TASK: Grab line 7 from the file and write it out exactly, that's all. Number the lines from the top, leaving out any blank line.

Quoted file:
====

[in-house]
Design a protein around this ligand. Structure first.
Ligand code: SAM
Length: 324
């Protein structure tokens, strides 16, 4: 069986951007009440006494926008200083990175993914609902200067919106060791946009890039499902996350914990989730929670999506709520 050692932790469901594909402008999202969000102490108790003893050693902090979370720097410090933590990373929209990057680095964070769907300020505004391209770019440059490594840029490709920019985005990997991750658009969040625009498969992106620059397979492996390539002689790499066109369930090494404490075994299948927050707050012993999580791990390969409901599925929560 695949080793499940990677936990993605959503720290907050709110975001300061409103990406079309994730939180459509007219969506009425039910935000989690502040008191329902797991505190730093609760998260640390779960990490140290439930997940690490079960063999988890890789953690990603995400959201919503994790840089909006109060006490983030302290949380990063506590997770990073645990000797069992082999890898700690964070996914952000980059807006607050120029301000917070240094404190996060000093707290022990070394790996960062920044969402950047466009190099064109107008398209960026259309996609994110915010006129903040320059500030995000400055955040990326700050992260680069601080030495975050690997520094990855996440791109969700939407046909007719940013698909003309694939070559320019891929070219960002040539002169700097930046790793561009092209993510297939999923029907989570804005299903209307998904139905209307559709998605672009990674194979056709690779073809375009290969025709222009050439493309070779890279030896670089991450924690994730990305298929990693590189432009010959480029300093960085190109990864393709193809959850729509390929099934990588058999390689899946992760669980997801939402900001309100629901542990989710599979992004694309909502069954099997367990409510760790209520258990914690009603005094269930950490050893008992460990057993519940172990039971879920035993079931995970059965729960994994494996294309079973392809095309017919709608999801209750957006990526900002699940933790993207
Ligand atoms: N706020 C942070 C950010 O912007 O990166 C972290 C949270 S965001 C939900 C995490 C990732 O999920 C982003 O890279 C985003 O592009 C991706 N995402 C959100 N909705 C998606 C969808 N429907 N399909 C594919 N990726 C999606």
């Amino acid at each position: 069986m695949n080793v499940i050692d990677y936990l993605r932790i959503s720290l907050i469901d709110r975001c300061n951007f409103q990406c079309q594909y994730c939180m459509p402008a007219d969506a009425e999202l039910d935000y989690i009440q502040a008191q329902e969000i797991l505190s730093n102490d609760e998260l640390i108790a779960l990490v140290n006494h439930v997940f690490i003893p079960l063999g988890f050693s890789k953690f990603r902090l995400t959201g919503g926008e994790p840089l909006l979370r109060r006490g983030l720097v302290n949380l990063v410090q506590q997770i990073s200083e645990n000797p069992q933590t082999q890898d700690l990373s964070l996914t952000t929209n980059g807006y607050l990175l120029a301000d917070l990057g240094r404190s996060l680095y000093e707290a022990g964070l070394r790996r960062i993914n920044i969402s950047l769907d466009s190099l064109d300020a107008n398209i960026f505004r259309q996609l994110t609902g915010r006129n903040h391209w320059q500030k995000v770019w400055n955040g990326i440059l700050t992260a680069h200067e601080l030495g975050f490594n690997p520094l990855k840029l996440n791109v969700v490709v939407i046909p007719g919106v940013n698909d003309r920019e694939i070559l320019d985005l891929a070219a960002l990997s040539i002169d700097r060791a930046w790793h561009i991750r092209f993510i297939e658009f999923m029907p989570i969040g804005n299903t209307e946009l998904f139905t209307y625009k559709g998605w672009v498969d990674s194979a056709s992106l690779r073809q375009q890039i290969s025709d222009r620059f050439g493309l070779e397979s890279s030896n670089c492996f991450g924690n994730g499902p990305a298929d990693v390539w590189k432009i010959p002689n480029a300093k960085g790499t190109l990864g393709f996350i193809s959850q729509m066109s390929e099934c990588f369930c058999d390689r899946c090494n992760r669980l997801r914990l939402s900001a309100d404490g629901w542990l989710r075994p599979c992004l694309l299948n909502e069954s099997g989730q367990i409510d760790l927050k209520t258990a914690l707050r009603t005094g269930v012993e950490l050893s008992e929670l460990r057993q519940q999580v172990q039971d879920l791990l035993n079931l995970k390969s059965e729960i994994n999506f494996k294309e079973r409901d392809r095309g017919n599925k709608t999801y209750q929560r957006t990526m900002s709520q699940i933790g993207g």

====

């Amino acid at each position: 069986m695949n080793v499940i050692d990677y936990l993605r932790i959503s720290l907050i469901d709110r975001c300061n951007f409103q990406c079309q594909y994730c939180m459509p402008a007219d969506a009425e999202l039910d935000y989690i009440q502040a008191q329902e969000i797991l505190s730093n102490d609760e998260l640390i108790a779960l990490v140290n006494h439930v997940f690490i003893p079960l063999g988890f050693s890789k953690f990603r902090l995400t959201g919503g926008e994790p840089l909006l979370r109060r006490g983030l720097v302290n949380l990063v410090q506590q997770i990073s200083e645990n000797p069992q933590t082999q890898d700690l990373s964070l996914t952000t929209n980059g807006y607050l990175l120029a301000d917070l990057g240094r404190s996060l680095y000093e707290a022990g964070l070394r790996r960062i993914n920044i969402s950047l769907d466009s190099l064109d300020a107008n398209i960026f505004r259309q996609l994110t609902g915010r006129n903040h391209w320059q500030k995000v770019w400055n955040g990326i440059l700050t992260a680069h200067e601080l030495g975050f490594n690997p520094l990855k840029l996440n791109v969700v490709v939407i046909p007719g919106v940013n698909d003309r920019e694939i070559l320019d985005l891929a070219a960002l990997s040539i002169d700097r060791a930046w790793h561009i991750r092209f993510i297939e658009f999923m029907p989570i969040g804005n299903t209307e946009l998904f139905t209307y625009k559709g998605w672009v498969d990674s194979a056709s992106l690779r073809q375009q890039i290969s025709d222009r620059f050439g493309l070779e397979s890279s030896n670089c492996f991450g924690n994730g499902p990305a298929d990693v390539w590189k432009i010959p002689n480029a300093k960085g790499t190109l990864g393709f996350i193809s959850q729509m066109s390929e099934c990588f369930c058999d390689r899946c090494n992760r669980l997801r914990l939402s900001a309100d404490g629901w542990l989710r075994p599979c992004l694309l299948n909502e069954s099997g989730q367990i409510d760790l927050k209520t258990a914690l707050r009603t005094g269930v012993e950490l050893s008992e929670l460990r057993q519940q999580v172990q039971d879920l791990l035993n079931l995970k390969s059965e729960i994994n999506f494996k294309e079973r409901d392809r095309g017919n599925k709608t999801y209750q929560r957006t990526m900002s709520q699940i933790g993207g």